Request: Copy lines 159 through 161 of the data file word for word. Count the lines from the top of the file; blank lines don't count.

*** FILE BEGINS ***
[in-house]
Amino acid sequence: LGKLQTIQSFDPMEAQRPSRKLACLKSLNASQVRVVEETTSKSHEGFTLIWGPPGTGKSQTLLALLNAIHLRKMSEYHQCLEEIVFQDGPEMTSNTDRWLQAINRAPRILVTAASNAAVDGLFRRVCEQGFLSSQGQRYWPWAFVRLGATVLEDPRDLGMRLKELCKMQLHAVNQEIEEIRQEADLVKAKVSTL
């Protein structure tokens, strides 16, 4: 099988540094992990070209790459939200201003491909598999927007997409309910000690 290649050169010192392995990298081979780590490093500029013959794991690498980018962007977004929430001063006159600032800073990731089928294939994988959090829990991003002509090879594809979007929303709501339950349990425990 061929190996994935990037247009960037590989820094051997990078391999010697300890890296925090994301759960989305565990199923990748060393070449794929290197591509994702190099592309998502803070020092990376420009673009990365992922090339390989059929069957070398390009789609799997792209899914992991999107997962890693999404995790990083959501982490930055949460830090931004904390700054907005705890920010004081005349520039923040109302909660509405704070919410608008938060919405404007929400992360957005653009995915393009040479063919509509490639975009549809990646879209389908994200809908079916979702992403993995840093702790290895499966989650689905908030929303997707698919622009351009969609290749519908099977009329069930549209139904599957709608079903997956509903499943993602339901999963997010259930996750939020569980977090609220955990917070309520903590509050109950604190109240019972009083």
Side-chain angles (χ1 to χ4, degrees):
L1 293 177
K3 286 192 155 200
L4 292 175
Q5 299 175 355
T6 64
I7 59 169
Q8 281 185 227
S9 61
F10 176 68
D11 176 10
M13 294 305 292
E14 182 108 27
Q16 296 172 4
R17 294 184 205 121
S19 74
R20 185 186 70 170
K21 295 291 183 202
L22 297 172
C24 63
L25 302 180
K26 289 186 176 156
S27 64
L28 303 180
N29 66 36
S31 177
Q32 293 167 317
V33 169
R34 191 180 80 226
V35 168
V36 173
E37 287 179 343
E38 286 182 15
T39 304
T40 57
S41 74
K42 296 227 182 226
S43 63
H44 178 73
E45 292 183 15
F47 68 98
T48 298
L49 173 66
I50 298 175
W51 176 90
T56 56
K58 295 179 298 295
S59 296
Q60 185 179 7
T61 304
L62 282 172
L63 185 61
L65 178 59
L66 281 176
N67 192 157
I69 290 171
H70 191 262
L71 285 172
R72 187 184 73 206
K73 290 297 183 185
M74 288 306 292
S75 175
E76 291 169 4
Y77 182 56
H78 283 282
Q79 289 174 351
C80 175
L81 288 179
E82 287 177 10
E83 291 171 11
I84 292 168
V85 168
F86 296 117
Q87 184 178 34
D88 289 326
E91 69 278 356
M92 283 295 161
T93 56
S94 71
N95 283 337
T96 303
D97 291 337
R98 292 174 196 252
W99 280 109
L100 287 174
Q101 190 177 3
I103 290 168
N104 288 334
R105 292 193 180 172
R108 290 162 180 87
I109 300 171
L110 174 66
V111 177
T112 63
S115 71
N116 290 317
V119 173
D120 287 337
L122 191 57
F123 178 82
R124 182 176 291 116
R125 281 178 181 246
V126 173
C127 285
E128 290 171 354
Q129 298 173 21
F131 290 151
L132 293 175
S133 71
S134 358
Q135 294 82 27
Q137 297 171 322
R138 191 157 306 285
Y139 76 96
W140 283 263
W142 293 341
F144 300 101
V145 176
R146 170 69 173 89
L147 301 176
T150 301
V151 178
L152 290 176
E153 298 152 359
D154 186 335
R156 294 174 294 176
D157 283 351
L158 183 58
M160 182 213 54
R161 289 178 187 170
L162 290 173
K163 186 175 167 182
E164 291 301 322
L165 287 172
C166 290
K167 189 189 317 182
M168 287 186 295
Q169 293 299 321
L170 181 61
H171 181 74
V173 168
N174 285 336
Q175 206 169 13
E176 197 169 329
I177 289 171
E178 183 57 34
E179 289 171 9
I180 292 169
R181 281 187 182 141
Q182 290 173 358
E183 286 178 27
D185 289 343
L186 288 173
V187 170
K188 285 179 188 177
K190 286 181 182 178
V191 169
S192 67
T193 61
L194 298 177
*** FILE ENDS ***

K190 286 181 182 178
V191 169
S192 67